Vermont Business Magazine Millions of people get sick with foodborne illness each year in the United States. The Vermont Department of Health recommends cooking and handling food safely to prevent foodborne illness this holiday season. Food is safely cooked when it reaches a high enough internal temperature to kill harmful bacteria that can cause foodborne illness. Refrigerate foods quickly since cold temperatures slow growth of harmful bacteria. Keep hot foods hot at 140°F or above by using chafing dishes or hot plates, and keep cold foods cold at 40°F or below by using ice.“Keep food temperatures in mind when planning meals, cooking, and bringing food to someone’s house,” says Elisabeth Wirsing, food and lodging program chief at the Health Department. “Follow safety practices throughout the entire meal—from preparing the food to storing leftovers.”Eat cooked food promptly and refrigerate leftovers within two hours after cooking. Refrigerate or freeze food in shallow storage containers for quicker cooling. Discard any turkey, stuffing, and gravy left out at room temperature longer than two hours.Foodborne illness or “food poisoning” ranges from slight discomfort to serious infections that require hospitalization. Infants and young children, pregnant women, and older adults are at greatest risk for serious complications or death.The Health Department recommends the following to reduce the risk of foodborne illness:Wash hands before and after preparing food.Keep raw meat and poultry apart from cooked foods—do not cross-contaminate.Wash hands, utensils, and kitchen surfaces with hot soapy water after they touch raw meat or poultry.Defrost turkeys in the refrigerator or in cold water. Allow 24 hours per five pounds in the refrigerator; allow 30 minutes per one pound in cold water.Buy a fresh turkey (not frozen) one day before cooking.The turkey should be cooked immediately after stuffing.Cook turkey until a meat thermometer in the thickest part of the meat and/or in the center of food and stuffing cooked with the turkey reads 165°F. (Do not let thermometer touch bones when reading temperature.)Refrigerated turkey should be eaten within three to four days; gravy, stuffing and other sides within one to two days; and frozen leftovers within one month.Reheat leftovers to 165°F—the food should be hot and steaming.For a temperature guide and more information on holiday food safety, visit:http://healthvermont.gov/enviro/food_lodge/holiday_food.aspx(link is external)For the complete Health Department Food Safety Guide, visit:http://healthvermont.gov/enviro/food_lodge/food_safety.aspx(link is external)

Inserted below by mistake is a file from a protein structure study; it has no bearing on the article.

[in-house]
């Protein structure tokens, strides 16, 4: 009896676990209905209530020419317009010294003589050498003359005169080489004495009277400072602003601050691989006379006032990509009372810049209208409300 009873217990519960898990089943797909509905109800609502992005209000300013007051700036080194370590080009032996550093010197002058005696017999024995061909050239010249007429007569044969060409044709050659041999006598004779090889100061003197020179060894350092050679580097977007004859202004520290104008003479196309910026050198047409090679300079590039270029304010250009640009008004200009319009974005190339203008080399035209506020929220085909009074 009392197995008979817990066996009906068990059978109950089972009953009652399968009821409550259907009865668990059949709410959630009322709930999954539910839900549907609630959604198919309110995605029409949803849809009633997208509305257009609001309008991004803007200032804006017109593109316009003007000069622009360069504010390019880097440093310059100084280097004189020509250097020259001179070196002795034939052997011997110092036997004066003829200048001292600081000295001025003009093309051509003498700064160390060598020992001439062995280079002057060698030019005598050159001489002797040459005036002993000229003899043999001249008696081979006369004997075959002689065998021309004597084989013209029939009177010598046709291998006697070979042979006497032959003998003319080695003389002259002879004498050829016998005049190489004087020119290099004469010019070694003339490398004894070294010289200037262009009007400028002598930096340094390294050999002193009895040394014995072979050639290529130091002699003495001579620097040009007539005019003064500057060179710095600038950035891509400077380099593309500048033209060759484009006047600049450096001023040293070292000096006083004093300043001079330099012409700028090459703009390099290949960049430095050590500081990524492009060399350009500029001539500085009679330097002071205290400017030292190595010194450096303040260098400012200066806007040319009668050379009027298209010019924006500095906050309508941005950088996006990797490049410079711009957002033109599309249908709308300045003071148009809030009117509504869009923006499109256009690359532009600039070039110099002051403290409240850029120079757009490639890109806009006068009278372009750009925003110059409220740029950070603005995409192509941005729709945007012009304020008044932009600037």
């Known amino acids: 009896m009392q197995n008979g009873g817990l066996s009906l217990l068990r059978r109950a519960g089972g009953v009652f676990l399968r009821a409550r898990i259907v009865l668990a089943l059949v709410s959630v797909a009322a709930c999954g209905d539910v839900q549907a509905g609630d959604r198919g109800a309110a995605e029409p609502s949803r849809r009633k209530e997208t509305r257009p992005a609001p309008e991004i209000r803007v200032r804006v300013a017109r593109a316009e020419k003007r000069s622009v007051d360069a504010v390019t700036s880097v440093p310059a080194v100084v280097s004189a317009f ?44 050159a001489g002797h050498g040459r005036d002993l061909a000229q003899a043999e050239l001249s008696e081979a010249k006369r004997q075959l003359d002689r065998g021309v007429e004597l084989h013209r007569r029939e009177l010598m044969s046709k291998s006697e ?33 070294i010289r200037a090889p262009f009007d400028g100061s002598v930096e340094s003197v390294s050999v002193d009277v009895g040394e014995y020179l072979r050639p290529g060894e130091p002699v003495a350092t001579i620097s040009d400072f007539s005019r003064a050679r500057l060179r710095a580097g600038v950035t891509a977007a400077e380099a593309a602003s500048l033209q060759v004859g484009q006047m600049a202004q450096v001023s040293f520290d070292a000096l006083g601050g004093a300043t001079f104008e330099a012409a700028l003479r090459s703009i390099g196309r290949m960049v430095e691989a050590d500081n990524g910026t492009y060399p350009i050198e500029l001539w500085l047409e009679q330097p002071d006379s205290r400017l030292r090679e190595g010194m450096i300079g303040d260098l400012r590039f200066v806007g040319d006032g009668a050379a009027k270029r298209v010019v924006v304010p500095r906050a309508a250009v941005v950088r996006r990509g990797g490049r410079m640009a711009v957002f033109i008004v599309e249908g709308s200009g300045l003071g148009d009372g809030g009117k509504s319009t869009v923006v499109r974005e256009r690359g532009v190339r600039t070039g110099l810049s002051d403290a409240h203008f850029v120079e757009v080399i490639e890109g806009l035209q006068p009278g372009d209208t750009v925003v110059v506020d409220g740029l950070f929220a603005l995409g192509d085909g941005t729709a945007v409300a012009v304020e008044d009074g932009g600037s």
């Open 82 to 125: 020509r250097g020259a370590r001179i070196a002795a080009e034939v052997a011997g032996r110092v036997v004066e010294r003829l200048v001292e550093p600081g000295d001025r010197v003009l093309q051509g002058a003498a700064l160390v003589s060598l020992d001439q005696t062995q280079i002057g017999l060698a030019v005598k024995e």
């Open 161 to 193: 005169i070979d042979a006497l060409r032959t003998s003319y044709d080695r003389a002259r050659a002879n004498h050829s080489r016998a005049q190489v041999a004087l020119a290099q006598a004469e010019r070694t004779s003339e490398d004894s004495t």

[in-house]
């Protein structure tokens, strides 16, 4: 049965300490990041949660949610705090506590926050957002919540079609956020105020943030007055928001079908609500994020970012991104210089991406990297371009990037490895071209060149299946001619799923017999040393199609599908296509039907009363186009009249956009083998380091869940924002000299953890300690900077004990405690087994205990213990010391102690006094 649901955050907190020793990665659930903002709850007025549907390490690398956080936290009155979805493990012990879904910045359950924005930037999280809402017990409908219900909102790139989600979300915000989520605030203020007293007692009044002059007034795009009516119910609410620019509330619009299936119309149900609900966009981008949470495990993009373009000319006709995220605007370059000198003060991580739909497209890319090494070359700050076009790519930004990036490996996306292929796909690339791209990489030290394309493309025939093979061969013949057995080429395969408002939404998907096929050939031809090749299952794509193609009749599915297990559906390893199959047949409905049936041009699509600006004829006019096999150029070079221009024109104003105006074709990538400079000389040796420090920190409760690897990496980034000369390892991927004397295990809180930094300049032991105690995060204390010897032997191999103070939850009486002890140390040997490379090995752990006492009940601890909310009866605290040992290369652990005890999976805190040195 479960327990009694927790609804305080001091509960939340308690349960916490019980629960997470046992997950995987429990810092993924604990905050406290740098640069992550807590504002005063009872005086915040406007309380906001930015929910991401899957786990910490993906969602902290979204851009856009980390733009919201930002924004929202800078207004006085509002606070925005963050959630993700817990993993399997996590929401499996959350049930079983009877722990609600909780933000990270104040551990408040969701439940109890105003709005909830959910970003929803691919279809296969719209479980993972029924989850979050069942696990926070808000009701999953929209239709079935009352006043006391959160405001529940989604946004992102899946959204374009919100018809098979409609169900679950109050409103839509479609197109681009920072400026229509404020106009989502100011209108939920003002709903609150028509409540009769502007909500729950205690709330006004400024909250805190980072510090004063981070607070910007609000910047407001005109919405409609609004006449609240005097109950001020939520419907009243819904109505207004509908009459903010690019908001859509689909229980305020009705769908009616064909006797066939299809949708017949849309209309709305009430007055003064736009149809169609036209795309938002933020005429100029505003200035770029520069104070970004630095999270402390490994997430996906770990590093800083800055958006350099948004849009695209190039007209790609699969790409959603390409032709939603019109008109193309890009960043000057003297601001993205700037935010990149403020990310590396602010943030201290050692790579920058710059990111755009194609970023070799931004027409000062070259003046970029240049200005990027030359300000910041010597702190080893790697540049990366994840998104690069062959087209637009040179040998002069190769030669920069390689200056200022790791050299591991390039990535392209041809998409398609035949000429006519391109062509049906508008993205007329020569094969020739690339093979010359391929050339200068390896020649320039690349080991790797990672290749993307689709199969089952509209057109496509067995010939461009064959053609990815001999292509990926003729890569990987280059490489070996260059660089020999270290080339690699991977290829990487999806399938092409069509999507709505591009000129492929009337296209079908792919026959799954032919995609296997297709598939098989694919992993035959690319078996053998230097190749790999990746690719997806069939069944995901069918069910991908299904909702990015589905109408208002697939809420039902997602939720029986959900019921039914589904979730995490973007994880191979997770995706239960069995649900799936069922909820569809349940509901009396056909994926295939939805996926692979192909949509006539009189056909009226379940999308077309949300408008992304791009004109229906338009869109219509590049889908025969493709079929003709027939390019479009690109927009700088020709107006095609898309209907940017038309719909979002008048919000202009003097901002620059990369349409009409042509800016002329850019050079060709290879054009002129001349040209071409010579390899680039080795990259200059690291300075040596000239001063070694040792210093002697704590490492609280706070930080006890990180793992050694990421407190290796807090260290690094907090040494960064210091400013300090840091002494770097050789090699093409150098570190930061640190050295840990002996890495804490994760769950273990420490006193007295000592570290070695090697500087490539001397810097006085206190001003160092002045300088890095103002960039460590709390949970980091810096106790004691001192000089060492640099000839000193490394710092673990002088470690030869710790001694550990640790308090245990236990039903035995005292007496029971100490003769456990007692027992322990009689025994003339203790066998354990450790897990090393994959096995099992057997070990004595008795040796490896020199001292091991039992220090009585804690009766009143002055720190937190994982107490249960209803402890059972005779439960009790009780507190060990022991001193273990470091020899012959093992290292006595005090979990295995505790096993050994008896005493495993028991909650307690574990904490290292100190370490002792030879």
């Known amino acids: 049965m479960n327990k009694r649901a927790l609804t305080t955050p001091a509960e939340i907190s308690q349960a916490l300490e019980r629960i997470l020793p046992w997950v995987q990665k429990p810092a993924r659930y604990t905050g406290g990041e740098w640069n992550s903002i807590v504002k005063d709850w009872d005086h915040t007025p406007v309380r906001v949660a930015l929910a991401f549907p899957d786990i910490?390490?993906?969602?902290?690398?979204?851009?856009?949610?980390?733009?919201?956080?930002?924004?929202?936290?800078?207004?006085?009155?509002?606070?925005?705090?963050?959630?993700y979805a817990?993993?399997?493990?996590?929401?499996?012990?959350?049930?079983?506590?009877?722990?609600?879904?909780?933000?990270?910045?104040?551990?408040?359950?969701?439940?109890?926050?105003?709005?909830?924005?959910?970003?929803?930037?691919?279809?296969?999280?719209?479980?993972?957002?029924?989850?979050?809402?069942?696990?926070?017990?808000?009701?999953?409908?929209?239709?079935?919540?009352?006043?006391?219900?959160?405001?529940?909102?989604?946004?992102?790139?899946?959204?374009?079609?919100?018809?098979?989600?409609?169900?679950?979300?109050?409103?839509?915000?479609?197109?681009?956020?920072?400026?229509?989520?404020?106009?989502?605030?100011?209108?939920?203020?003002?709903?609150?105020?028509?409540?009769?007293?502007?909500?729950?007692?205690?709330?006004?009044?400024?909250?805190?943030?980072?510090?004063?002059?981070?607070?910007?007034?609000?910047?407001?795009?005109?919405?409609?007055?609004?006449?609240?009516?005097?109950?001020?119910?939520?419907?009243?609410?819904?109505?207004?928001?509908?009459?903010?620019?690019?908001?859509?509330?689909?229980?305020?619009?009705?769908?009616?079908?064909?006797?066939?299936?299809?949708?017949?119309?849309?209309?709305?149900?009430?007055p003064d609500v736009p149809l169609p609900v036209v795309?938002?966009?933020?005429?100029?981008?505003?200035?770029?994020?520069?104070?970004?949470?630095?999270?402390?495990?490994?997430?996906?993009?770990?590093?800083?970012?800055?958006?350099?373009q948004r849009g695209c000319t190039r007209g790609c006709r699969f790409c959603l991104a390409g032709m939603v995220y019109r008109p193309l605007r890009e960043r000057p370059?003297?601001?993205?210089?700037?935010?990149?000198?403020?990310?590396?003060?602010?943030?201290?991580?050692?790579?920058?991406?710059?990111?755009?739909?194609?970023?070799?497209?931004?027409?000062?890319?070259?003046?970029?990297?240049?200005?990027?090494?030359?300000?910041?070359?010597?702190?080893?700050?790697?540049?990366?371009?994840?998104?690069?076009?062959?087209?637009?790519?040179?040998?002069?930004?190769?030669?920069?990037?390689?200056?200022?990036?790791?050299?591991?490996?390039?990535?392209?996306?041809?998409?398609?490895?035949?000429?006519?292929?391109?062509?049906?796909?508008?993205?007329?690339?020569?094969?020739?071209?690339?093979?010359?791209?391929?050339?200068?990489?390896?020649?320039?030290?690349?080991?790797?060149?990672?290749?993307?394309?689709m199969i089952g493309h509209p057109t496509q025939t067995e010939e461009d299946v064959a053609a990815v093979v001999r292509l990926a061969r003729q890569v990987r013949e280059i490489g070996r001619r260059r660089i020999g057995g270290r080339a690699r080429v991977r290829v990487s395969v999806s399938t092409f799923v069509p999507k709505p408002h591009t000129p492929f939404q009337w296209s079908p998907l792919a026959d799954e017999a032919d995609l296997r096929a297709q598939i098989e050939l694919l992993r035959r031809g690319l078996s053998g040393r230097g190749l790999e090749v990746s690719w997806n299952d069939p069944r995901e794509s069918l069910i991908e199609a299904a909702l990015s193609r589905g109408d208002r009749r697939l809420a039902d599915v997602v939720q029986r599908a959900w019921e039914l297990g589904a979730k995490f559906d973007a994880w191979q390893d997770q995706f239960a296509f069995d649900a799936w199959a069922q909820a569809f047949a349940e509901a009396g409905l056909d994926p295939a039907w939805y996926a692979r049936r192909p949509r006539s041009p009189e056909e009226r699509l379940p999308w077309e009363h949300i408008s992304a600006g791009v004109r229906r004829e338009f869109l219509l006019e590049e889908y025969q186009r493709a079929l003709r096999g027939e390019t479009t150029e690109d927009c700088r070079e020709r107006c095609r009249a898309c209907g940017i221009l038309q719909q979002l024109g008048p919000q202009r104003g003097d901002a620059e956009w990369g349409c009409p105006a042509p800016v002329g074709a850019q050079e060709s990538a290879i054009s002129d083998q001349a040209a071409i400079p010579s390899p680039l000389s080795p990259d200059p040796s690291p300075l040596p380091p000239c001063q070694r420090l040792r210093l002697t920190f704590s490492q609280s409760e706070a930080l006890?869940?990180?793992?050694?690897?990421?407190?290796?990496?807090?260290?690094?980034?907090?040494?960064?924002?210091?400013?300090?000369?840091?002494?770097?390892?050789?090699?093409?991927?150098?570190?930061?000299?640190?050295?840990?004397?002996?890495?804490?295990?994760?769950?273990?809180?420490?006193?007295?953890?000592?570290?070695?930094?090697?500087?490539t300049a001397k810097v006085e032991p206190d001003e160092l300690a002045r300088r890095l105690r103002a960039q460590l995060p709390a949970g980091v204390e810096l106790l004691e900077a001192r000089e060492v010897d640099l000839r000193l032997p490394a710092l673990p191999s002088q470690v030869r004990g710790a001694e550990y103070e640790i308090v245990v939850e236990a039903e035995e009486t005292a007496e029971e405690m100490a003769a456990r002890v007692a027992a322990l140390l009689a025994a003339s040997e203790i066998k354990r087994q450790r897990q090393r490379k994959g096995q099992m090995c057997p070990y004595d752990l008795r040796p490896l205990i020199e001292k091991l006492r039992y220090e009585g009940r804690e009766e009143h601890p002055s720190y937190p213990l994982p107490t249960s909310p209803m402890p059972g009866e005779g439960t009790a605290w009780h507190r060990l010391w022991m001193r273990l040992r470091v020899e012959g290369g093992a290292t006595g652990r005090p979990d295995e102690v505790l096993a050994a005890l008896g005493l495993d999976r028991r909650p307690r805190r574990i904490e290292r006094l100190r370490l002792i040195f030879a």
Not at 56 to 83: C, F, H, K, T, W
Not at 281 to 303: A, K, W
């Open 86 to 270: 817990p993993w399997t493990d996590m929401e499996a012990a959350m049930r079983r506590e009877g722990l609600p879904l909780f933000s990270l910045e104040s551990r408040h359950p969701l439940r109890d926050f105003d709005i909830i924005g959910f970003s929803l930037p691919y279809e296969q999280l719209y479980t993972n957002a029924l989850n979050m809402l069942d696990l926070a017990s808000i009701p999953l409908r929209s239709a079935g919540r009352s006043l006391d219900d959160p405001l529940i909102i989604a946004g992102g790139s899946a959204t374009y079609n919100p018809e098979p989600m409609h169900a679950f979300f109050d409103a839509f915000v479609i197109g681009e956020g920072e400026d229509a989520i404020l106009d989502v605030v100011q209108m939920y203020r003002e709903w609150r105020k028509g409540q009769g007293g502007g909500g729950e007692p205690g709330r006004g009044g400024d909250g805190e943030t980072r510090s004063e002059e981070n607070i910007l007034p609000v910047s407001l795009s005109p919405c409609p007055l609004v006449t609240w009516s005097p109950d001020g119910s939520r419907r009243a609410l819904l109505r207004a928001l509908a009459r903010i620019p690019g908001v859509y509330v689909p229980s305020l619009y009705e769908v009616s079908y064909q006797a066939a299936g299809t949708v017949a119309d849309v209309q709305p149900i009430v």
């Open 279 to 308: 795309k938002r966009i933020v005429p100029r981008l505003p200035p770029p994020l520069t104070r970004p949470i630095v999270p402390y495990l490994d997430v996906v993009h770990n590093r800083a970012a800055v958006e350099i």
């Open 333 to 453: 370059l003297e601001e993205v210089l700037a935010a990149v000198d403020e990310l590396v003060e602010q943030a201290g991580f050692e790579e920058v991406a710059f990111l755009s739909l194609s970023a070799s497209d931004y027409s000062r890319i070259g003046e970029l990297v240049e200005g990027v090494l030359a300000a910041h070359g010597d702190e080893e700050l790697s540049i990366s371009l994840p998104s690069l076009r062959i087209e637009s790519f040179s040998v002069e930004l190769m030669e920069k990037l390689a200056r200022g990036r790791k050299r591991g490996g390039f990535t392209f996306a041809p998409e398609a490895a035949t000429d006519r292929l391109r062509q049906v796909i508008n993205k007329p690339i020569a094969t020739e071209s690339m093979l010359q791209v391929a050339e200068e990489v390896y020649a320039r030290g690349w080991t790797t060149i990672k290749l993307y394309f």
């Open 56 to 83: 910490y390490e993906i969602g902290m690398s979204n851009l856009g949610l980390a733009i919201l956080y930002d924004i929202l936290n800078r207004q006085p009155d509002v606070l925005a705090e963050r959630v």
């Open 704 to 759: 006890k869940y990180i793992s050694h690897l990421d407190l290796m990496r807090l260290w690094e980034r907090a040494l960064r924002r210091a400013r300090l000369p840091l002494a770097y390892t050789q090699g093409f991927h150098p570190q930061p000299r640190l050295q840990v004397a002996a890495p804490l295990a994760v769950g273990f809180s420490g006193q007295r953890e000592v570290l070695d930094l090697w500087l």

University of Vermont,Vermont Business Magazine Gail Sheehy, pioneering journalist and world-renowned author, will be the commencement speaker and receive an honorary degree at the University of Vermont’s 2016 spring commencement ceremony on Sunday, May 22, on the University Green. A 1958 University of Vermont alumna, Sheehy launched her career in New York as one of the first women journalists in national media in the 1960s, at the birth of the second-wave feminist movement. A prolific writer, she has authored 17 books and hundreds of magazine articles; she is a founding writer of New York magazine and has been a contributing editor to Vanity Fair since 1984. Her seminal work Passages was named by the Library of Congress as one of the 10 most influential books of our times.Gail Sheehy courtesy UVM.Sheehy began writing for the startup New York magazine in 1968, one of a tight cadre of literary colleagues including Tom Wolfe, Gloria Steinem, Nora Ephron, and Clay Felker developing a style of narrative journalism that brought a compelling personal voice to investigative reporting. As a young magazine writer her fearless, exploratory style offered her entrance to the center of her subjects’ milieu. She dispatched reports from inside the radical leftist movement at Columbia University, the internal trials of the Black Panthers, violent prostitution rings in New York City, and from the frontlines of the civil conflicts in Northern Ireland.Later, as a biographer, interviewer, and profiler of world leaders, her work made a great impact on the public’s understanding of what shapes world events and the people behind them. From bestselling biographies of Hillary Rodham Clinton and Mikhail Gorbachev to profiles of Margaret Thatcher, Saddam Hussein, George W. Bush, Barack Obama, and many others, Sheehy makes complex, powerful figures and their approach to decision making understandable on a human level.Sheehy has won numerous awards for her journalistic work. She is the recipient of the Washington Journalism Review Award for Best Magazine Writer in America, is a seven-time recipient of the New York Newswomen’s Club Front Page Award for Distinguished Journalism, and was awarded the 1973 National Magazine Award for Reporting Excellence for her article on prostitution rings in New York City, to name a few. Most recently she has published her memoir, Daring: My Passages, and launched The Daring Project to highlight stories of women around the world breaking through boundaries to advance social justice for all.For more information about the University of Vermont’s 215th Commencement, visit www.uvm.edu/commencement(link is external).Source: UVM. Very top photo by Sally McCay from 2014 commencement.